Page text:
The Count of Monte Cristo by Alexandre Dumas

“REVENGE IS A DISH BEST SERVED COLD”

count-of-monte-cristoI think that’s an appropriate way to start off my review on this book.  This is a true classic and after reading it I can understand why so many people have it on their “favourites” list.  The book is memorable – packed with vivid characters, a plot, revenge and scandal.  The book was pretty long and it took me quite a while to finish reading it, as I had the unabridged version, but none the less I enjoyed it.

The Count of Monte Cristo was originally published in French in 1844-1845 and is one of Alexandre Dumas’ most popular works.

The story revolves around the main character Edmond Dantes who is wrongfully imprisoned after his friends Danglars, Caderrousse and Fernand accused him of being a Bonapartist.  Emond escapes from jail  after 14 years and acquires a fortune after his fellow prison mate told him where to find it. He uses this fortune to seek revenge on those responsible for his imprisonment, i.e Danglars (who was jealous of his promotion to captain of the ship he was working on), Fernand (who was in love with Mercedes who Edmond was engaged too), Caderrousse who knew about the betrayal of Fernand and Danglars, as well as the magistrate Villefort who sentence him to imprisonment without a trial.  He uses alter ego’s such as “Lord Wilmore”, “Sinbad the Sailor” and “Abbe Busoni” to avenge Danglars, Fernand, Villefort and Caderrouse.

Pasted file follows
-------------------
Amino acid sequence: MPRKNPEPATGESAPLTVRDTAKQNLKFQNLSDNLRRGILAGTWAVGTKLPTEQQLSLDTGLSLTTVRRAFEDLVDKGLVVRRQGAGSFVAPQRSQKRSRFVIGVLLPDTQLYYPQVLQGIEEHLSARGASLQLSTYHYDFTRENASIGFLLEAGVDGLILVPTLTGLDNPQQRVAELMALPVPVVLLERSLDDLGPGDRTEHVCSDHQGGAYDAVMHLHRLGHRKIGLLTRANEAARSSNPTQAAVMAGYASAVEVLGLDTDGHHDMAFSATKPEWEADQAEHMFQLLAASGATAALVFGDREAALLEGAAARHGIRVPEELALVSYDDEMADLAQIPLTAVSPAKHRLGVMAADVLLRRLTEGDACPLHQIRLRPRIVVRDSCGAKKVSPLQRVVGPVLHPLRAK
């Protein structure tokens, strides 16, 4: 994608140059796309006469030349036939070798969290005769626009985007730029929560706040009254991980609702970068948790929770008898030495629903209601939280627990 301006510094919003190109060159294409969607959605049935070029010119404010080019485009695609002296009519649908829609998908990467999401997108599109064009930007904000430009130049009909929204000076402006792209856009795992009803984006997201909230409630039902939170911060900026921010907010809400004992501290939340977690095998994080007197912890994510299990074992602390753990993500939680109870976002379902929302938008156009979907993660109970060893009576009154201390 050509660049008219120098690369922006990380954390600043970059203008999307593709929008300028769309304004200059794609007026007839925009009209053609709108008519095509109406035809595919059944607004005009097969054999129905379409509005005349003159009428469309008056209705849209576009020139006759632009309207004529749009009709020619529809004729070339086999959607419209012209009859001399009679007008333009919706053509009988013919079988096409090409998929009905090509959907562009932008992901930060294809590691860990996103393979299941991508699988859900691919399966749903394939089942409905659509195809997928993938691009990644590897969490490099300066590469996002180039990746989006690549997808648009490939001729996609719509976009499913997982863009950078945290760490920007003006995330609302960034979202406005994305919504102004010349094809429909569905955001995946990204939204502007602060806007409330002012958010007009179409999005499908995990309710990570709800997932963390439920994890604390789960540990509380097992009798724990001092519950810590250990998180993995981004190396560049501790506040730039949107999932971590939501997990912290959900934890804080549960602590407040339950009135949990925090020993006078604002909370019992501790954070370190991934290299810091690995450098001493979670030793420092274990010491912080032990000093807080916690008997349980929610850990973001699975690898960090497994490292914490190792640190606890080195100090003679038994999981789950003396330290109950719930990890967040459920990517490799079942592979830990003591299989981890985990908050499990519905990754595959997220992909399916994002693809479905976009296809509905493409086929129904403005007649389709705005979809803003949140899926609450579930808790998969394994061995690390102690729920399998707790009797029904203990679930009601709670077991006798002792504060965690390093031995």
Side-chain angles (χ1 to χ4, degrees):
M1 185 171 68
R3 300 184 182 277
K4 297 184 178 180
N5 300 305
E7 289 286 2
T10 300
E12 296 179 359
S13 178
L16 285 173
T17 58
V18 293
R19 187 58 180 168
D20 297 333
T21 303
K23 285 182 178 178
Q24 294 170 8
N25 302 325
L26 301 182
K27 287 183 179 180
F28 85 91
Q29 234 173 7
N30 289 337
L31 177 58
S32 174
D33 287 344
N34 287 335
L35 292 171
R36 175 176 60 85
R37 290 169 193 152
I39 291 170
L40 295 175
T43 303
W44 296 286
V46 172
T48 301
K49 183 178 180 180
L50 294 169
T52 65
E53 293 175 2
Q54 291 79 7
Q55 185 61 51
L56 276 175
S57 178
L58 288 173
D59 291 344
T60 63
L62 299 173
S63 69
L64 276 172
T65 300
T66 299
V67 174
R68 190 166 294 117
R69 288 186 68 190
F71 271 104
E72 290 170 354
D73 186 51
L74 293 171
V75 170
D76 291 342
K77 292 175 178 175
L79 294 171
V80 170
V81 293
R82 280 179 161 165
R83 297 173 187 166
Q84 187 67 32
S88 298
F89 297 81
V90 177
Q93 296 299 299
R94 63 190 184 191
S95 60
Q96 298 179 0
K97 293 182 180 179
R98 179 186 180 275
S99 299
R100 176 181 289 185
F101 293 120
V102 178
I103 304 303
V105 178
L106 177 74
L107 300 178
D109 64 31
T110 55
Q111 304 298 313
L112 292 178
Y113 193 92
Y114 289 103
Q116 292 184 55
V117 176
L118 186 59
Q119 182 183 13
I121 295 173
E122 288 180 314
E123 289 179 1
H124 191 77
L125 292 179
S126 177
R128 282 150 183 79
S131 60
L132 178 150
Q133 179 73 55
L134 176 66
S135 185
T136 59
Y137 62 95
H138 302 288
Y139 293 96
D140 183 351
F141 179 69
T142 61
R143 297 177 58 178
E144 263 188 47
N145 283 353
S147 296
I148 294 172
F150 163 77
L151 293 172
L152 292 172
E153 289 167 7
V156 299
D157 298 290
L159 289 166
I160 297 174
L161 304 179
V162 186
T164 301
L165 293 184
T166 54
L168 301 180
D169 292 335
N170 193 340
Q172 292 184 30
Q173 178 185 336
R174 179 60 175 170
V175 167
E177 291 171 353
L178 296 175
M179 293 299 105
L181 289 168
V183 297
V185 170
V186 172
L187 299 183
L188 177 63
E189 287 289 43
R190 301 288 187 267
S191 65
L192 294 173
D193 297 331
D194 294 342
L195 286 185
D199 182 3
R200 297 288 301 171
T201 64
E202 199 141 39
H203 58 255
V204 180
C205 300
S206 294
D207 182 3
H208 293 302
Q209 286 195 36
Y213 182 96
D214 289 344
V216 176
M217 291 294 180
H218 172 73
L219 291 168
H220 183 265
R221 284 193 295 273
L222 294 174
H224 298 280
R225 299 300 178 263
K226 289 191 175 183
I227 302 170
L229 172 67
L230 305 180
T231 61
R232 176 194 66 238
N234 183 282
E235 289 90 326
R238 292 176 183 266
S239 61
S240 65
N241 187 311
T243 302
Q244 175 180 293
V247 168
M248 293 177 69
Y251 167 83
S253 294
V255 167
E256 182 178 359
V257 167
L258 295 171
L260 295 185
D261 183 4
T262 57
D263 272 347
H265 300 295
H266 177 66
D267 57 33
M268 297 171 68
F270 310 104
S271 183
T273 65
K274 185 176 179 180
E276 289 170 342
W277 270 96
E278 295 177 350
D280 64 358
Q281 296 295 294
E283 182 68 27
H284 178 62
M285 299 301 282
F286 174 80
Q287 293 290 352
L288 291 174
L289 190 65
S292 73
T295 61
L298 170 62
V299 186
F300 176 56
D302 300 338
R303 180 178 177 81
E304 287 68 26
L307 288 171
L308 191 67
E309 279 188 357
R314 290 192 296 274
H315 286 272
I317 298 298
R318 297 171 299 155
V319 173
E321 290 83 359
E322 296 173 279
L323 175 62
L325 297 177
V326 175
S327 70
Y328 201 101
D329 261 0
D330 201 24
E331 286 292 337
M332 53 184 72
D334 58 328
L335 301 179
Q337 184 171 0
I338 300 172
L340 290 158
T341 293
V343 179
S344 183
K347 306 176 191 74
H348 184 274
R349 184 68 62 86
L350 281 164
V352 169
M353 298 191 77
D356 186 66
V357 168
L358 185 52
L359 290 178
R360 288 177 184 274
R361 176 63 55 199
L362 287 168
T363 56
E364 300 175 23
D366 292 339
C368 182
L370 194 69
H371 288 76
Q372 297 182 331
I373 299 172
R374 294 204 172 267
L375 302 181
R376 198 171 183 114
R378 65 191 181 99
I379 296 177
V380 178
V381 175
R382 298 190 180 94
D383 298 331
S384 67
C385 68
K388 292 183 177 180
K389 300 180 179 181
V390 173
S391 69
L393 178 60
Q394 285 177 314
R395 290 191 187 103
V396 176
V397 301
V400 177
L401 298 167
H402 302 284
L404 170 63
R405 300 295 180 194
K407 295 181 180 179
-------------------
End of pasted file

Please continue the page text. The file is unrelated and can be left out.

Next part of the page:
The novel, although lengthy, was deeply engrossing. A wonder tale of betrayal, revenge and vengeance,  that I found utterly entertaining.   I saw the movie starring Jim Caviezel after reading the book, and although the movie was great, the book is so much better. I felt that it left way too many things out, also the the plot and revenge he seeked on his friends were somewhat changed in the movie.   I felt somewhat disappointed. I guess I should have read the book after watching the movie.

Apparently the tv series “Revenge” is also loosely based on the Count of Monte Cristo.  Have any of you read this classic and what do you think of it?

Image source